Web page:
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BlogHow to start the new year in a good financial situation

How to start the new year in a good financial situation

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As we say goodbye to 2021 and welcome in a fresh new year, now could be a great time to asses your goals for the year. If buying a home is one of your New Year’s priorities, getting your house deposit into tiptop shape should be high on your list of priorities.

Pay off credit card debt

Saving up for a house deposit and getting into a good financial position is all the more harder to do when you’ve got credit card debt burning a hole in your pocket.

If you’ve got multiple credit card debts, pay off the one with the highest interest rate first, or consider a balance transfer (transferring multiple credit card debts onto one card with a 0% rate for a set period of time). You should also aim to make more than the bare minimum repayments because many credit card lenders set the minimum repayment at 2-3% of the balance, which means you’re really just paying off the interest and barely making a dent in the balance you owe.

If you’ve got some savings already, it may be best to bite the bullet and funnel this money into wiping your credit card debt. Tax refunds are great for this.

Cut back on unnecessary expenses

Having a savings goal as lofty as a house deposit means certain lifestyle sacrifices will need to be made, like forgoing your habit of getting Uber Eats when you can’t be bothered cooking, or buying a new outfit every time you have an event (I say this as I browse homewares I definitely don’t need online…)

Another area where you can save is by taking a look at your regular bills, like your phone and internet, to see if you can hunt down a better deal and save money. Unfortunately, being loyal to a provider doesn’t mean you’ll be rewarded with a good deal. In fact, you’ll find it’s quite the opposite with new customers lured in by big discounts while existing customers pay more. This is often referred to as ‘loyalty tax’.

Increase your savings

Having a bigger deposit saved up (ideally 20%) means that you can potentially avoid having to pay Lenders Mortgage Insurance (LMI) - insurance that protects the lender, not you, just in case you can’t make your mortgage repayments anymore.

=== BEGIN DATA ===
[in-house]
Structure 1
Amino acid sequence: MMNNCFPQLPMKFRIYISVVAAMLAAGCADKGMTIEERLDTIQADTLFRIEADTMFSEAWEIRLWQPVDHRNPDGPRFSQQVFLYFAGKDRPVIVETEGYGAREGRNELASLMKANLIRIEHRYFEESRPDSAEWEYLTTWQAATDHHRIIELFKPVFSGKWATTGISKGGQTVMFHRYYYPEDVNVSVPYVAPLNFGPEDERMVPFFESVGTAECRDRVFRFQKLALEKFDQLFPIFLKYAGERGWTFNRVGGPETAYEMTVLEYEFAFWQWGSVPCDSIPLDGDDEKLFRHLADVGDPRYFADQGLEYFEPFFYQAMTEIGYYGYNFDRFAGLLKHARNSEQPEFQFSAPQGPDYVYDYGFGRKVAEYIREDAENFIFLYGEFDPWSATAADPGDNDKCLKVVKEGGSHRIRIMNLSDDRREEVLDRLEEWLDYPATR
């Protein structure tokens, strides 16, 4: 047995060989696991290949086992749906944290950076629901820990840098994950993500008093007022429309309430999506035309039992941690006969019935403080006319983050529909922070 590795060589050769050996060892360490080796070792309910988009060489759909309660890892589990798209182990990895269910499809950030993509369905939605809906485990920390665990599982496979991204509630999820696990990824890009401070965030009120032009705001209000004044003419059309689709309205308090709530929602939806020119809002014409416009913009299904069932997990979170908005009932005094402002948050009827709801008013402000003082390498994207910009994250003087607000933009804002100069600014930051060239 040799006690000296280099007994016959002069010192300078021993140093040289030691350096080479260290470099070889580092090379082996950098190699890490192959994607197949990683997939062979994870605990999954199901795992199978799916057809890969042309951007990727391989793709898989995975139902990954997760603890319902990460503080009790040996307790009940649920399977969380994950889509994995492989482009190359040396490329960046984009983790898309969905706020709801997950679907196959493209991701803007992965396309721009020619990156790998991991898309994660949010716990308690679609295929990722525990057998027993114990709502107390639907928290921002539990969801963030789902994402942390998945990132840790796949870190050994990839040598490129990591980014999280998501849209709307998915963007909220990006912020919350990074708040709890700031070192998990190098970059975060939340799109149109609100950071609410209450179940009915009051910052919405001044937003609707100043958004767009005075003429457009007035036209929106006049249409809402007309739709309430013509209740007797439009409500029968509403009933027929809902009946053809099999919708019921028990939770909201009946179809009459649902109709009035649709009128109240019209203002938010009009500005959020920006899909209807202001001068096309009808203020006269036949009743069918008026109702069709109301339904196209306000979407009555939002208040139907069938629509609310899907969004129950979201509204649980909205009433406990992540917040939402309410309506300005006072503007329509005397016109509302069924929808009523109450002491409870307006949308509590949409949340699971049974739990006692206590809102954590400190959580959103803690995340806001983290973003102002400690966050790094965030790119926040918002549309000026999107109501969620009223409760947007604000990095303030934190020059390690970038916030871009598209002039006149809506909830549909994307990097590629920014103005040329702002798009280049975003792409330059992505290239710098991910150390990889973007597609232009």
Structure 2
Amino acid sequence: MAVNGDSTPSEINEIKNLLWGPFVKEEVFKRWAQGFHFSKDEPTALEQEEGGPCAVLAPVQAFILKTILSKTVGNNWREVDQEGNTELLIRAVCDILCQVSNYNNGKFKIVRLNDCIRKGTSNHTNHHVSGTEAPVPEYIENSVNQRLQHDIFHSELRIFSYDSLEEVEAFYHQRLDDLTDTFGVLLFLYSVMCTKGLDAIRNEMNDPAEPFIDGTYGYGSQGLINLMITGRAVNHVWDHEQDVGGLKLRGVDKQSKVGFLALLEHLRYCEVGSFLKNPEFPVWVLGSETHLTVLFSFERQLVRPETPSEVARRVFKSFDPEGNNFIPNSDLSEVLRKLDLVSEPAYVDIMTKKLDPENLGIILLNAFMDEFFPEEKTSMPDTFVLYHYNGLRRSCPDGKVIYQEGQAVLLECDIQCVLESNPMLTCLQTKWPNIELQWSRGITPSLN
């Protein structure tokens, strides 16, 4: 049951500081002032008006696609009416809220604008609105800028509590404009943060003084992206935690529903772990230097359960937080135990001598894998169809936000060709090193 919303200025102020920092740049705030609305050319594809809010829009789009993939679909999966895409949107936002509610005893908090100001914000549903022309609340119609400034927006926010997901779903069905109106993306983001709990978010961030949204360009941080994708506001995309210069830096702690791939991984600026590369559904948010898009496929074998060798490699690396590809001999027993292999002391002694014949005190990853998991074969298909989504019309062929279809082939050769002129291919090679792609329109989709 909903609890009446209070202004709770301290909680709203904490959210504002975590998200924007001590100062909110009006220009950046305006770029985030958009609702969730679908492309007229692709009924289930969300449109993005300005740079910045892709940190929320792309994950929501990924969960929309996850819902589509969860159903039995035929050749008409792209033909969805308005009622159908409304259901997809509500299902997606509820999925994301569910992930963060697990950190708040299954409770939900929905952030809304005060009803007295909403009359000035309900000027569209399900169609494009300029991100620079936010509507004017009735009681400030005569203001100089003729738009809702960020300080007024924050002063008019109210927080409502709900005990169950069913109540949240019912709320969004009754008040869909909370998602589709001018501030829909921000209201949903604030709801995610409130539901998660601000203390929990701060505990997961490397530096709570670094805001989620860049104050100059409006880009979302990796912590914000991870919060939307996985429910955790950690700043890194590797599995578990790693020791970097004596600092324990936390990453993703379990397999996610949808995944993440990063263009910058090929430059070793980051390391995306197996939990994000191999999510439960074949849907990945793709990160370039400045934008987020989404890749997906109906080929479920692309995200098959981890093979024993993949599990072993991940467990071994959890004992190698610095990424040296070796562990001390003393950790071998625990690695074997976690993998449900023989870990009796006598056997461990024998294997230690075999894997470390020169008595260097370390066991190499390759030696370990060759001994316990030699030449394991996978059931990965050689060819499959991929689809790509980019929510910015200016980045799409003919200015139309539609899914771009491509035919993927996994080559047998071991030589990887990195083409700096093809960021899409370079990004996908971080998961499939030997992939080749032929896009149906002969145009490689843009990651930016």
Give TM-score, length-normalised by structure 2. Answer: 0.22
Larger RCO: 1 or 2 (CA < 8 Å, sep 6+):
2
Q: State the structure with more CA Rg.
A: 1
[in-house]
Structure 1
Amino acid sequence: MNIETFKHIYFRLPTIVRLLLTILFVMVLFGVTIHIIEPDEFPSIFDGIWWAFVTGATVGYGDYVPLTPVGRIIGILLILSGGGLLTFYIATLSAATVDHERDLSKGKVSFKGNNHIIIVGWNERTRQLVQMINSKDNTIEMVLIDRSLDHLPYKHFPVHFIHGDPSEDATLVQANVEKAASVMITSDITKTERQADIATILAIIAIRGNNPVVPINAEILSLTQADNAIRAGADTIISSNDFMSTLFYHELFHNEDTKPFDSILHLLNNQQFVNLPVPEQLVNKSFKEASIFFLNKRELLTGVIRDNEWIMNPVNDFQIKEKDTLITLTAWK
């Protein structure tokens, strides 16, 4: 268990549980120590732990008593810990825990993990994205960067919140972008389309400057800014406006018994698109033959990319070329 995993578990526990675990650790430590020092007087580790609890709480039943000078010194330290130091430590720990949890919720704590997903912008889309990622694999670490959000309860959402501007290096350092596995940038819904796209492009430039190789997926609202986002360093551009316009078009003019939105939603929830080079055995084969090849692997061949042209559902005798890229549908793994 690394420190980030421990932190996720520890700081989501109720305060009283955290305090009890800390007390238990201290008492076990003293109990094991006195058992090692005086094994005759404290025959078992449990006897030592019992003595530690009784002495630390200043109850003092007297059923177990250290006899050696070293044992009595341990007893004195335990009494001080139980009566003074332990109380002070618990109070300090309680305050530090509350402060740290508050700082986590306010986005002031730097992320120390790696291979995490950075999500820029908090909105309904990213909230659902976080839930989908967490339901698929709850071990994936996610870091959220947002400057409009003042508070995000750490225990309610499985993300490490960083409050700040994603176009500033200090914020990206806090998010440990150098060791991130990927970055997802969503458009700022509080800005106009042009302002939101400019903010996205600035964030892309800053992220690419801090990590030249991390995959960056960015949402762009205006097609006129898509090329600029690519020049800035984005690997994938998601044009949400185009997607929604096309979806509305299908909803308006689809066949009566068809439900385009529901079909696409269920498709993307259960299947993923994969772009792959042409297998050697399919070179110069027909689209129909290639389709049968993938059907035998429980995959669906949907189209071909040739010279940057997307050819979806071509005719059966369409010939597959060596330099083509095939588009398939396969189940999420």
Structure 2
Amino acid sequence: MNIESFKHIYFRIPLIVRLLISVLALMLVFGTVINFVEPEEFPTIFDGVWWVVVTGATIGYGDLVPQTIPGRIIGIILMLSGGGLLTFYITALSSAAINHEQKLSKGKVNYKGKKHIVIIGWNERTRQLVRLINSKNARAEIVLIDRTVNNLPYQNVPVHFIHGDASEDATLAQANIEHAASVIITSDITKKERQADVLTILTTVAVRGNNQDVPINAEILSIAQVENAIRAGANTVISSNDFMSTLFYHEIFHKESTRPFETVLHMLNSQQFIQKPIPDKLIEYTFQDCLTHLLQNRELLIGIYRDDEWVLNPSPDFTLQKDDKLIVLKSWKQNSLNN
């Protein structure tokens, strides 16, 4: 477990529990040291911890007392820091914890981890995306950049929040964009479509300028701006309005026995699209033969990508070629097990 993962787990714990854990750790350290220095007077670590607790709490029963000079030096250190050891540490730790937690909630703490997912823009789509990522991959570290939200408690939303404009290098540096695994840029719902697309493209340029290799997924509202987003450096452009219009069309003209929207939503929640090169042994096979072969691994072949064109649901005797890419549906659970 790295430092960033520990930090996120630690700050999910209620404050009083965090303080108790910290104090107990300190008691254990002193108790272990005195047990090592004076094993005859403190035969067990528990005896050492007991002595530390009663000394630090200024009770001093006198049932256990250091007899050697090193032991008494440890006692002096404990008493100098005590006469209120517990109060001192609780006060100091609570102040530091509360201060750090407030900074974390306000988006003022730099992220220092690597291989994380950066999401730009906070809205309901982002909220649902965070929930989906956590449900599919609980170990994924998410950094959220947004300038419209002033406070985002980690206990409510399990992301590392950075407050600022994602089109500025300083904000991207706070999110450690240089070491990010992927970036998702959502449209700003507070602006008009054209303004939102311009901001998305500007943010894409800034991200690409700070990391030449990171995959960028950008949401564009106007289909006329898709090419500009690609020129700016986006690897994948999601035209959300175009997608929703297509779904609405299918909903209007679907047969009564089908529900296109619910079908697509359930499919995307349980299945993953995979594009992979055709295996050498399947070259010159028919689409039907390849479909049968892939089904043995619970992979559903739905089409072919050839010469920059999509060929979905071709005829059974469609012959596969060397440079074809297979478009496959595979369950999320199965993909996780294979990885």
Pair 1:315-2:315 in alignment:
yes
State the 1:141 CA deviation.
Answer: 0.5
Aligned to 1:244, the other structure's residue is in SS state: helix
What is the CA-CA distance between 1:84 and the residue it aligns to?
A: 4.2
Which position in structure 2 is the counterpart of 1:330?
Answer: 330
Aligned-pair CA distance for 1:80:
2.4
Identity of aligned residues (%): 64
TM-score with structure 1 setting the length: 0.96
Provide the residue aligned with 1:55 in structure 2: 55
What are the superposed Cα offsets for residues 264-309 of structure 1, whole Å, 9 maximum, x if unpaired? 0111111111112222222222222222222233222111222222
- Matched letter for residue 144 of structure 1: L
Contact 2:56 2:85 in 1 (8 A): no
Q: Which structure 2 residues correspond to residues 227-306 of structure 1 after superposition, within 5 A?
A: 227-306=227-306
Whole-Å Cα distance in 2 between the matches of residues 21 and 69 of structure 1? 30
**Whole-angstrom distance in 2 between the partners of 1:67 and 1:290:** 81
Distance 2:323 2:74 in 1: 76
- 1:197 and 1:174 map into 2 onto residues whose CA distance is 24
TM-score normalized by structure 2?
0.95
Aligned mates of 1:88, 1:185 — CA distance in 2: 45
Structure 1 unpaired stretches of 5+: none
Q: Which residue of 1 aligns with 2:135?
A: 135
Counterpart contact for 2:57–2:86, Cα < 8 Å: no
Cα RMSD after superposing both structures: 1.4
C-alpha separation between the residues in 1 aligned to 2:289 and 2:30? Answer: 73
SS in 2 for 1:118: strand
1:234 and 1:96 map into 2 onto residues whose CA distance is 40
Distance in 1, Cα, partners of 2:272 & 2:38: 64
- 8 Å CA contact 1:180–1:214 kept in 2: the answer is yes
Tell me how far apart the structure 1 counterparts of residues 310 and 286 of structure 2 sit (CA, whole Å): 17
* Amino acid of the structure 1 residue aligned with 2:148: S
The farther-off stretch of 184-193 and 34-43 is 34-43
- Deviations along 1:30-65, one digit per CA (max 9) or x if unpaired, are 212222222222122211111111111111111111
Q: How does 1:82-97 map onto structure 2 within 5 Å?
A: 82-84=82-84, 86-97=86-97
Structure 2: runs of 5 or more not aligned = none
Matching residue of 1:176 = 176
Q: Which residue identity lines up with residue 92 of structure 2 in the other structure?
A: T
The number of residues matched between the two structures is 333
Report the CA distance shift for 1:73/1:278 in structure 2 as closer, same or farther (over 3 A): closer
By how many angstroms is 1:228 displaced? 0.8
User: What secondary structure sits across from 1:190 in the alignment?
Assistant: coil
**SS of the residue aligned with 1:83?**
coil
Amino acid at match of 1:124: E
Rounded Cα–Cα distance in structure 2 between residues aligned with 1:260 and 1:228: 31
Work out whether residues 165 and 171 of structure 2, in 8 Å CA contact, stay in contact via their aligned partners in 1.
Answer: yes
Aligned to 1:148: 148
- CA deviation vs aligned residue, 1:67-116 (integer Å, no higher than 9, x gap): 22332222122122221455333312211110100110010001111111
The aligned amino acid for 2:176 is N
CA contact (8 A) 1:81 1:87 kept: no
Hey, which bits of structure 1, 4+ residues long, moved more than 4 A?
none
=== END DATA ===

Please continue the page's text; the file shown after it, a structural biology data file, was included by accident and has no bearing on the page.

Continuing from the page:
If you’ve got a 20% deposit saved, you can avoid having to pay this altogether. Seems like a no-brainer right? To save up as much as you can, put the money you would have spent on things like Uber Eats or online shopping into your savings, consider selling things you no longer need or use, take up a side hustle like completing tasks on Airtasker or driving around for Uber, save your tax refund instead of spending it - the options are endless.

Improve your borrowing power

Your borrowing power is the amount of money you can borrow to buy a home based on your current financial circumstances (like your income and living expenses).

Lots of things can impact your borrowing power, like having Afterpay debt. Yep, all those purchases you’ve put on buy now, pay later could actually be hurting your chances of getting a home loan because it’s a line of credit, just like credit card or personal loan debt.

Other ways to increase your borrowing capacity include reducing your credit card limits, cutting unnecessary expenses, saving more for a deposit, having good credit history, and including additional incomes.

If you’re not sure what your borrowing power is, a borrowing power calculator is a great tool that can help determine how much you can borrow. Keep in mind that it will only give you an estimate, so don’t take it as gospel. For a more specific figure, get in touch with one of our home loan specialists. 

Other helpful resources: 

Understanding your credit score and its effect on your borrowing power

Is an offset worth it

How often should you refinance your home loan?

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